Wine in times of ISIS

June 29, 2018 at 6:06 am

Salahadin, June 2018, youths buy alcohol in the shop of Ashur’s father. Photo: KirkukNow

Salahadin, June 2018, youths buy alcohol in the shop of Ashur’s father. Photo: KirkukNow

Karwan Salhi – Shargat
Not so long ago, Muhammad Badri used to search every corner and alley seeking Ashur’s father. To relieve some of his concerns, he wanted to use the help of some liquor, and it could only be done through Ashur’s father. Longer ago, he had to pass 125km to reach Tikrit for that purpose.
“No one will have to bear the sin of the other. Let all be free. Whoever wants to go to a mosque, he/she is free, and whoever wants to be drunk, he/she is free. The rule of ISIS is over,” Badri said, when the first liquor store was opened in their district.
Badri is a young man from Shargat in Salahadin province، 125 km north of the province centre. The area suffered four years being overrun by the Islamic State (ISIS). Some semblance of freedom has returned to the town now, including the freedom of drinking and opening liquor stores.

Whoever wants to go to a mosque, he/she is free, and whoever wants to be drunk, he/she is free. The rule of ISIS is over

Hurmuz Ashuri, known as Ashur’s father, is already famous in Shargat district. He decided it was no longer necessary to sell liquor from his own car in a clandestine way. He filed a request to the local government of Shargat to establish the first liquor store to sell drinks.
Ashur’s father used to be a resident of Erbil’s Ainkawa, a Christian-majority town. A year after Shargat was liberated from the ISIS by the Iraqi forces, he started implementing his newly-formed idea of opening a liquor store in the town.
“I started with selling liquor in my car and secretly. Young men used to take my number and request liquor by phone, or I sold it on the streets. Later, I decided to sell it publicly,” said Ashur’s father.
He and his Yazidi partner, Dawoud Sleman Brimo, filed a request to the Shargat administration for that purpose and the request was approved by Baghdad later.
“We do our job and do not knock at anyone’s door, nor anyone does that to us. Young men should not visit Tikrit to buy liquor, they can visit us to any preference that they have,” said Ashur’s father.
Before his shop, young men in Shargat used to cross 125 km to the province centre of Tikrit, to obtain liquor.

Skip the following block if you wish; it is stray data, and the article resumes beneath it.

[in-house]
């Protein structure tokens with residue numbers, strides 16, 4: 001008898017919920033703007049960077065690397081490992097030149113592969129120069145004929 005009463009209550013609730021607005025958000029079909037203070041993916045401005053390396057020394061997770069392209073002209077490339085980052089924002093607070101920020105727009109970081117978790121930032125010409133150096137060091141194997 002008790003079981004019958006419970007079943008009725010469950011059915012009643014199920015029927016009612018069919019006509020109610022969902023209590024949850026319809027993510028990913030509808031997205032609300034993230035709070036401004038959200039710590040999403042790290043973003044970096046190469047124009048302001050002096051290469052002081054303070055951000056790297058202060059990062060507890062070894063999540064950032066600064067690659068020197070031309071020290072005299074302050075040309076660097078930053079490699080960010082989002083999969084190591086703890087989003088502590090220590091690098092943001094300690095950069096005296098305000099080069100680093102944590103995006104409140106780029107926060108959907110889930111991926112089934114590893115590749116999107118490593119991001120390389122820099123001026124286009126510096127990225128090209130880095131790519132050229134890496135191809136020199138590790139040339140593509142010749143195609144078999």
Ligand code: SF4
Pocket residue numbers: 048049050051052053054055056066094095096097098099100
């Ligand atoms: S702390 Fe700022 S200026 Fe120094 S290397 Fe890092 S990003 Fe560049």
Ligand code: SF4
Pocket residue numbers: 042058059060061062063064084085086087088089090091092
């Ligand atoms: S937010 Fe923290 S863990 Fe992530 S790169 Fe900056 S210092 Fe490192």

Badri is one of those young men who is happy with the new liquor store in the town, “We had to buy liquor for an expensive fare in Tikrit in the past, or to seek all alleys for the car of Ashur’s father.:”
In times of ISIS in 2014 to 2017, individual freedoms evaporated overnight, or limited to a great extent, among them was dealing with liquor, the punishment for which was execution.

Salahadin, June 2018, Ashur’s father established the first shop to sell alcohol publicly in Shargat. Photo: KirkukNow

Salahadin, June 2018, Ashur’s father established the first shop to sell alcohol publicly in Shargat. Photo: KirkukNow

The liquor store of Ashur’s father is the first of its kind after ISIS rule.
Located 125 km north of Tikrit, the centre of Salahadin province, Shargat witnessed ISIS massacres, and its people fled or in some cases, were abducted.
The mayor of Shargat district Ali Dodah welcomed the liquor store, telling KirkukNow, “We did not prevent them, and they could obtain a license from the tourism ministry to open the shop. If a youth tends to drink, he/she’ll drink anyway. Thus, they should not go far away for that.”
Criticizing ISIS ideology and their influence on young people, Dodah, who is at the same time a preacher and imam of one of the mosques of Shargat said, “It’s better for the youths to be drunk rather than behead people.”

In times of ISIS, one could hardly obtain liquor, buying it secretly and in fear from those who were close to ISIS themselves

The liquor store has become a sensation among people, as it is the first time to see it in the town since the fall of former regime Saddam Hussein in 2003.
Shargat used to have a special drinking club in the 1970s, called Culture Club of Shargat.
Ali Dodah said, “The club was for families, and there was no trouble for that. We have thought about reopening it once again. However, it requires time as the club is used as a military headquarter by the Popular Mobilisation Forces (PMF).”
PMF was founded amidst the ISIS war, as a popular movement to fight against the ISIS militants.
Dodah says a positive aspect of opening the shop is that they can monitor the quality of its items, “The youths did not budge about the quality in the past. It was more important for them to have some [drink], now we can monitor the price even.”
Badri said, “Now, no one is preventing liquor. People are free, and no one is punished. In times of ISIS, one could hardly obtain liquor, buying it secretly and in fear from those who were close to ISIS themselves.”

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